Nursing Homes: Despite Increased Oversight, Challenges Remain in Ensuring High-Quality Care and Resident Safety

U.S. Government Accountability Office / GAO-06-117/ December 28, 2005

HIGHLIGHTS
Centers for Medicare & Medicaid Services nursing home data show a notable decline in the proportion of nursing homes with serious quality problems since 1999, but according to a recent analysis by the U.S. Government Accountability Office, this trend masks two important and continuing issues: 2) inconsistency in how states conduct nursing home surveys and 2) understatement of serious quality problems. Despite increased public oversight, continued attention and commitment are needed to protect the safety of residents and ensure the highest possible quality of care

On the Web >> www.gao.gov/cgi-bin/getrpt?GAO-06-117
GAO Report Highlights >> www.gao.gov/highlights/d06117high.pdf

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International Perspectives on Elder Abuse
Educational Gerontology, Vol. 32, No. 1 / January 2006

Elder Abuse in Japan

by Mizuho Arai, Bunker Hill Community College, Boston

HIGHLIGHTS
This study sought to ascertain how adults in Japan perceive and define "elder abuse." Women (n = 100) and men (n = 40) both identified physical aggression as an example of extremely abusive behavior, followed by neglect and blaming. Similarly, physical aggression was mentioned most often as an example of moderate abuse, followed by neglect, economic maltreatment, emotional abuse, verbal abuse, blame, and psychological abuse.

Perspectives on Elder Abuse in Germany

by Julia König, Ludwig-Maximilians-Universität Munich, Germany and Elisabeth Leembruggen-Kallberg, Azusa College, Free University, Amsterdam, Netherlands

HIGHLIGHTS
This study of 74 German citizens analyzed perspectives on the behaviors of adult children toward their elderly parents, with a focus on the behaviors that were considered to be extremely, moderately, or mildly abusive. Physical and psychological aggression, psychological neglect, and neglect/abandonment were most frequently cited as examples of abuse, followed by economic exploitation and verbal aggression. There were two gender differences: women gave more examples of psychological neglect as prototypes of mild abuse than men did, and men gave more examples of physical aggression as prototypes of moderate abuse than women did.

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Elder Abuse Among African Americans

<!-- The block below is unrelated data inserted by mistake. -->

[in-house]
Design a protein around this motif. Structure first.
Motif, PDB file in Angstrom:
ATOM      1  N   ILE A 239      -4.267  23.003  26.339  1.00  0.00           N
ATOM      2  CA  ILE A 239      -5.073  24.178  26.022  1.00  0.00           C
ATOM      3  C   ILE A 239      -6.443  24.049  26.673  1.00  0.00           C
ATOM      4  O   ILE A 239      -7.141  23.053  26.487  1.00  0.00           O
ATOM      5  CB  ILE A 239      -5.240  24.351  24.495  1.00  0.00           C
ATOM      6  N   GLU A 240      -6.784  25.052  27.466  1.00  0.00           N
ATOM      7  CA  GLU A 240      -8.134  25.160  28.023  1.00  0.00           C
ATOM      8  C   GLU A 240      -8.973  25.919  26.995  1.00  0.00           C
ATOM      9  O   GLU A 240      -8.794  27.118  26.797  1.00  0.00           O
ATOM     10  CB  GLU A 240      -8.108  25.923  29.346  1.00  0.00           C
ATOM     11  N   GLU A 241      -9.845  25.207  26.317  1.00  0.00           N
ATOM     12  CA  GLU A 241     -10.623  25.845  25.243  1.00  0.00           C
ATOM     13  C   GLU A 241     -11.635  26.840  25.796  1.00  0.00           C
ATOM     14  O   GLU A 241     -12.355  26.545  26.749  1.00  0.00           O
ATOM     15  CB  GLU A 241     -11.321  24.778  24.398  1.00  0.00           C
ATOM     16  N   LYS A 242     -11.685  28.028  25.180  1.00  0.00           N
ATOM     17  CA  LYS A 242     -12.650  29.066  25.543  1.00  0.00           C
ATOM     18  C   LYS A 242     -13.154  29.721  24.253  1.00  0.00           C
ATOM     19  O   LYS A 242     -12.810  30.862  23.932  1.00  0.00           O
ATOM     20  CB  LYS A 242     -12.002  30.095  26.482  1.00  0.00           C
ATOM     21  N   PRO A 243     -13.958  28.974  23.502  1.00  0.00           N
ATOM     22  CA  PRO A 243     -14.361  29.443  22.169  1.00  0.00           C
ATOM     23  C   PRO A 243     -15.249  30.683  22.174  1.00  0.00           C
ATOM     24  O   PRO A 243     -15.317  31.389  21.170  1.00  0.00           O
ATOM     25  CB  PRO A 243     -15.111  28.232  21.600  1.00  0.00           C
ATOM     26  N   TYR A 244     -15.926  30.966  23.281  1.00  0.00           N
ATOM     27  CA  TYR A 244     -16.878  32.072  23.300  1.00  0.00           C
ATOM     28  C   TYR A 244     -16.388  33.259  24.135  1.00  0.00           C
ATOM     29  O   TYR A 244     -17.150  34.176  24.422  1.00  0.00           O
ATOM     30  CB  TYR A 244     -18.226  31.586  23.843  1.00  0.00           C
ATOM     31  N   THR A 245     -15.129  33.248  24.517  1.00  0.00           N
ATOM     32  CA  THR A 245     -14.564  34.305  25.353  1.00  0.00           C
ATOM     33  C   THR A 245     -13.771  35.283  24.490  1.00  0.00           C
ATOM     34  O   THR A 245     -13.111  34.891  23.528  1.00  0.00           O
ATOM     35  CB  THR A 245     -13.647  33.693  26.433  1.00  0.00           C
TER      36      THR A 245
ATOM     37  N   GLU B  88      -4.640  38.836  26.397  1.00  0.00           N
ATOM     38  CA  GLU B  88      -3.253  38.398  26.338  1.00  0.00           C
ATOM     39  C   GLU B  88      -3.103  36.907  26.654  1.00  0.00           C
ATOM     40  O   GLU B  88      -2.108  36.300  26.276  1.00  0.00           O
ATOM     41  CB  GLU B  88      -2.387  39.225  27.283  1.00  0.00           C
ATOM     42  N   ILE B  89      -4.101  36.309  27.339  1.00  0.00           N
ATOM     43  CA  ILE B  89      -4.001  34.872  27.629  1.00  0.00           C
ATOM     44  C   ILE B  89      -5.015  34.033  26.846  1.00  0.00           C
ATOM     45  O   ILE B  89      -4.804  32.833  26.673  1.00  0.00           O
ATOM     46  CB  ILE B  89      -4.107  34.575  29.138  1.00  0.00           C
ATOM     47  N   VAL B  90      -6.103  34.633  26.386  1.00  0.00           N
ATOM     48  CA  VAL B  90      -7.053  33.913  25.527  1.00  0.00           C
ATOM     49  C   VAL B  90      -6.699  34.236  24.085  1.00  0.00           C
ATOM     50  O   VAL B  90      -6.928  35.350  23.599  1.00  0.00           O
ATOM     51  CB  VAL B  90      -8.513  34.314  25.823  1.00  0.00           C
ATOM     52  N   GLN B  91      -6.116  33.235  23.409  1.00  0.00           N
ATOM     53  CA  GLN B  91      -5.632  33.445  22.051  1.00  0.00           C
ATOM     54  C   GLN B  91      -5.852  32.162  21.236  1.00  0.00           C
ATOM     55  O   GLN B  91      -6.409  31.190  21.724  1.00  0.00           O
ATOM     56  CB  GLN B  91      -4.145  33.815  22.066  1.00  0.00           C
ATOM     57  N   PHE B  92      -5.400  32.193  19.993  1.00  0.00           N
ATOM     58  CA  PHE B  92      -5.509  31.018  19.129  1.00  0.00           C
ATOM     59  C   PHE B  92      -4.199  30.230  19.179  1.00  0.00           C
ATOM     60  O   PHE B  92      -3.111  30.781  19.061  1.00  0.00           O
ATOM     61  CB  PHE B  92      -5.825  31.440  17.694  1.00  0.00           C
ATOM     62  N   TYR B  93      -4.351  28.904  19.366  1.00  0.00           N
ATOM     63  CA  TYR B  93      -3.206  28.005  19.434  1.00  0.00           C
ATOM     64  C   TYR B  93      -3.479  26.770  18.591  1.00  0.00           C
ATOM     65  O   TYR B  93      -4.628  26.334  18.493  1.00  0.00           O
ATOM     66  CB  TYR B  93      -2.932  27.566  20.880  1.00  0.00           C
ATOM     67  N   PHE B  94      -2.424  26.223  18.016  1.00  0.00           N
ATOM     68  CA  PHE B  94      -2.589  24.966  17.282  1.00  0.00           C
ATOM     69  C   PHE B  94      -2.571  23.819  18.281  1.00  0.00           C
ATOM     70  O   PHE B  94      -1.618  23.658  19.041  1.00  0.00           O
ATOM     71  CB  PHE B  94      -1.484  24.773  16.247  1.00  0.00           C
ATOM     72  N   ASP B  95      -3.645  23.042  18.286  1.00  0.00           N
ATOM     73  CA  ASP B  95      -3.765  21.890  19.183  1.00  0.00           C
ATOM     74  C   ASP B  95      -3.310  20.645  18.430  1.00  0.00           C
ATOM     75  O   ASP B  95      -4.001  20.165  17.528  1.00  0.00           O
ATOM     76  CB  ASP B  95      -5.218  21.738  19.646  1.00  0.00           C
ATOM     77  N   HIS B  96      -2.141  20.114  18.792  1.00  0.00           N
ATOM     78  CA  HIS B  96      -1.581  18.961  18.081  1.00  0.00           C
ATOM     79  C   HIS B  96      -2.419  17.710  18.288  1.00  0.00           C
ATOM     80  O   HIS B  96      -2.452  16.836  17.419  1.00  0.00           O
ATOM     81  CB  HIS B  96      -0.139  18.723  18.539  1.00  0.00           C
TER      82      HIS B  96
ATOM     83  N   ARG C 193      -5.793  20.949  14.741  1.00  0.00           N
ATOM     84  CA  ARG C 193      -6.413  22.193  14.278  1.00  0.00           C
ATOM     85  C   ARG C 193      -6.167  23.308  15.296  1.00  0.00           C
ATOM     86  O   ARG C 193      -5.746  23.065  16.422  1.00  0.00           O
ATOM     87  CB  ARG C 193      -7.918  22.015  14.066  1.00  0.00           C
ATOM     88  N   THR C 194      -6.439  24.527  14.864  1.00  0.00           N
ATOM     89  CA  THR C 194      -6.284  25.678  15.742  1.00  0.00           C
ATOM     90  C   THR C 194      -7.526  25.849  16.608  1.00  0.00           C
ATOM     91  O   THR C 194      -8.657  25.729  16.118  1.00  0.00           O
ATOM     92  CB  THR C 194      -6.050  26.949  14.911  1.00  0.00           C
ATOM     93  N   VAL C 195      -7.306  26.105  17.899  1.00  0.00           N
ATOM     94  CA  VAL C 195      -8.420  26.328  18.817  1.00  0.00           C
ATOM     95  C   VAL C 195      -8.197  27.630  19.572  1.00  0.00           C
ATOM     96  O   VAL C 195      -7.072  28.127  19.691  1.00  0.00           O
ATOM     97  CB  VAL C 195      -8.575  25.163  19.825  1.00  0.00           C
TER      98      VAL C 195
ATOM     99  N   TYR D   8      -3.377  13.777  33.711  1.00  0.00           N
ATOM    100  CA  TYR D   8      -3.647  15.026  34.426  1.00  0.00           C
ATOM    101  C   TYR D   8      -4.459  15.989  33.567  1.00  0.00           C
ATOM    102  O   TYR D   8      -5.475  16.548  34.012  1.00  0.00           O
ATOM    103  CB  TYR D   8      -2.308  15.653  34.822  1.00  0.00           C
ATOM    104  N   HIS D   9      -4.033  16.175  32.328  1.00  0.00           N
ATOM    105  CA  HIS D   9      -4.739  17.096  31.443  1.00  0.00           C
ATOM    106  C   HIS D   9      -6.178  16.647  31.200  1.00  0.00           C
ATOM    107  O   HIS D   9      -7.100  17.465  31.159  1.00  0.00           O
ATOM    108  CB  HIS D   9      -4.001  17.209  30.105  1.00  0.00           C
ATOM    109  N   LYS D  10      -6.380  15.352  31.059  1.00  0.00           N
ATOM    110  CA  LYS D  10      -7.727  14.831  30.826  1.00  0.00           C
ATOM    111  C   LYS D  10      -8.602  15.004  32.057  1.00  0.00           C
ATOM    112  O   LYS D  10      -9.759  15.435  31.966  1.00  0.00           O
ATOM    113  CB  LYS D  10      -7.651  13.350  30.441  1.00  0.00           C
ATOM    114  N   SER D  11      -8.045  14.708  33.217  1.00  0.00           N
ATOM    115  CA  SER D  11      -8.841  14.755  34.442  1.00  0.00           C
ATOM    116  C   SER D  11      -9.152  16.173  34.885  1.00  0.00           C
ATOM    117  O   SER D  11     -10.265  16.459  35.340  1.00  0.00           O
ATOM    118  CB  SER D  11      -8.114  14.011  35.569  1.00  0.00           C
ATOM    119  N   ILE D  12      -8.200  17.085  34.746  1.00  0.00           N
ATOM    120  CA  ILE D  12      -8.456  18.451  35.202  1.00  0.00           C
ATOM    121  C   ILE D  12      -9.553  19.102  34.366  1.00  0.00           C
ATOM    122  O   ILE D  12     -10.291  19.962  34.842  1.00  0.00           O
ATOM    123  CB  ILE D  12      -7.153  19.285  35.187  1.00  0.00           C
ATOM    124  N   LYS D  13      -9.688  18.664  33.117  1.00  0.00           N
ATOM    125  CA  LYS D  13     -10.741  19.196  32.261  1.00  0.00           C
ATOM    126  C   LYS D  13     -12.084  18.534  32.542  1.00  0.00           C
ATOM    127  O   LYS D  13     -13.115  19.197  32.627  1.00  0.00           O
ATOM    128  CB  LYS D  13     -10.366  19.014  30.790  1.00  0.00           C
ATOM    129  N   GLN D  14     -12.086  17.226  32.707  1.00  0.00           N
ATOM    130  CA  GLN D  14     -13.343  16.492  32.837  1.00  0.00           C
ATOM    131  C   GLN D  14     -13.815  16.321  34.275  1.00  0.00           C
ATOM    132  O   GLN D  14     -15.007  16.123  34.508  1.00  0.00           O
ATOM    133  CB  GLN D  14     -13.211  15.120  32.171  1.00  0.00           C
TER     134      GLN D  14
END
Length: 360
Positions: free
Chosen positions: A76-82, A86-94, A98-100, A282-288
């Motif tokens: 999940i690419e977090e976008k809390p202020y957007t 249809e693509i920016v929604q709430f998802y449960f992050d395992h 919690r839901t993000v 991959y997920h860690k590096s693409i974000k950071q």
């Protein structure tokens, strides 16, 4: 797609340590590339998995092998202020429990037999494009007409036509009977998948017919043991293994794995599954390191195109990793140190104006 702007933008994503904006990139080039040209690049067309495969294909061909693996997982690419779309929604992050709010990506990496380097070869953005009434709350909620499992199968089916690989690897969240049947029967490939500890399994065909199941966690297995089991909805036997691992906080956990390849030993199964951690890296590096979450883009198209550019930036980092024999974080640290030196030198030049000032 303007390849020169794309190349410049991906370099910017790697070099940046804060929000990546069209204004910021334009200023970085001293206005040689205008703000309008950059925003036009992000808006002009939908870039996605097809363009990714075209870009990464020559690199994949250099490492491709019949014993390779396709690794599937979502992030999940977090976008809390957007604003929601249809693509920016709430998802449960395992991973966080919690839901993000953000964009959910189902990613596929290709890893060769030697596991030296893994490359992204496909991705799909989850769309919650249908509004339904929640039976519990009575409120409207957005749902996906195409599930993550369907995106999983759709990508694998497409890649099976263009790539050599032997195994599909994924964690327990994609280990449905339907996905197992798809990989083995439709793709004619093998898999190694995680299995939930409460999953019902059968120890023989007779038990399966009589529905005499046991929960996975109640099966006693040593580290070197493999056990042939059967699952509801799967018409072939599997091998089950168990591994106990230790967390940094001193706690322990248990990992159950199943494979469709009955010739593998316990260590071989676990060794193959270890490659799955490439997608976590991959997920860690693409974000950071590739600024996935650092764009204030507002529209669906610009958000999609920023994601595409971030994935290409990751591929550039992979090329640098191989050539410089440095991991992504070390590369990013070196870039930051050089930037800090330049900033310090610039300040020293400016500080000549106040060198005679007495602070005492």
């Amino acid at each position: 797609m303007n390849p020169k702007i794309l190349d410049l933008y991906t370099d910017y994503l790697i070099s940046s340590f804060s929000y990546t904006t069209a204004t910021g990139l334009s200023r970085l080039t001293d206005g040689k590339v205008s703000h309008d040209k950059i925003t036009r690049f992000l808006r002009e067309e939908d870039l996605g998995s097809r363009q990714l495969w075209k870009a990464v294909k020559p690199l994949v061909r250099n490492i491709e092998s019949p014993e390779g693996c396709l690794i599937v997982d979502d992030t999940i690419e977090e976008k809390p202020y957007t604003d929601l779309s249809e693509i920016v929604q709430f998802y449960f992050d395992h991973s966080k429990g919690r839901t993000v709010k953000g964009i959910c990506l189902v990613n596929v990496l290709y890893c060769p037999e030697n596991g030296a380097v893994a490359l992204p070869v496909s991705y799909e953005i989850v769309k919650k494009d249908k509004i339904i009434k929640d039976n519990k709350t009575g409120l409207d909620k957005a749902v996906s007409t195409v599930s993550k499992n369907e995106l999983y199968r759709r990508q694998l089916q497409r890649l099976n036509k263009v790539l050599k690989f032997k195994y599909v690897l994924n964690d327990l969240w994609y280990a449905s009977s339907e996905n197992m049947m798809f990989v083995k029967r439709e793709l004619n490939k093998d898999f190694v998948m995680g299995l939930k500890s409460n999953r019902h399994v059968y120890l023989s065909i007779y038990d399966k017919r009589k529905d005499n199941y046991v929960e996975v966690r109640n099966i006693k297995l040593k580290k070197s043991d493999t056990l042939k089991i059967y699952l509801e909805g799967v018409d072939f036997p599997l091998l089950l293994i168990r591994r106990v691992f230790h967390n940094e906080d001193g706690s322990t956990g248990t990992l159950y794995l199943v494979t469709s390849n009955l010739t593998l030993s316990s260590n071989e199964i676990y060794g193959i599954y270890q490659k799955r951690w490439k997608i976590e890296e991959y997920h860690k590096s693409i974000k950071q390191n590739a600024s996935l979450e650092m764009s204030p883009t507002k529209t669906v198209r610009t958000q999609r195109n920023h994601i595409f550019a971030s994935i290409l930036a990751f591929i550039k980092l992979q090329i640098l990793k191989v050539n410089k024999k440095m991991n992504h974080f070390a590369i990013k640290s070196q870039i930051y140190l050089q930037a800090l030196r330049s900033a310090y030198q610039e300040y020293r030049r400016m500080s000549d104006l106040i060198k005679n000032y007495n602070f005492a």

by Jesse Tauriac, UMass, Boston and Natoschia Scruggs, University of California, Berkeley

HIGHLIGHTS
Perceptions of extreme, moderate, and mild forms of elder abuse among of African American women (n = 25) and men (n = 10) were examined. Along with physical abuse, verbal abuse was the most frequently identified form of abuse, and was significantly related to age in complex ways: the older the respondents, the more examples they provided of verbal abuse as an extreme form of mistreatment. The younger the respondents, the more examples they gave of verbal abuse as a mild form of mistreatment. Examples of neglect and abandonment were listed most frequently as forms of extreme abuse, and were listed significantly more frequently by females than by males.

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Israeli Perspectives on Elder Abuse

by Keren Rabi, Boston University

HIGHLIGHTS
This pilot study examined attitudes towards elderly maltreatment as commonly perceived by the two dominant ethnicities currently constituting Israeli society–the Ashkenazi and the Sephardic. Psychological neglect, neglect/abandonment, and physical aggression were considered to be most prominent exemplars of elder abuse within the Israeli sample and across gender and ethnicities. Although there were no significant group differences in the exemplars given of extreme elder abuse, the Ashkenazi sample gave greater emphasis to physical and economic abuse as forms of moderate abuse, and to neglect/abandonment and disrespect as forms of mild abuse. There was only one significant gender difference: in providing examples of moderate elder abuse, Israeli women put more emphasis on disrespect than Israeli men.

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Perspectives on Elder Abuse and Neglect in Brazil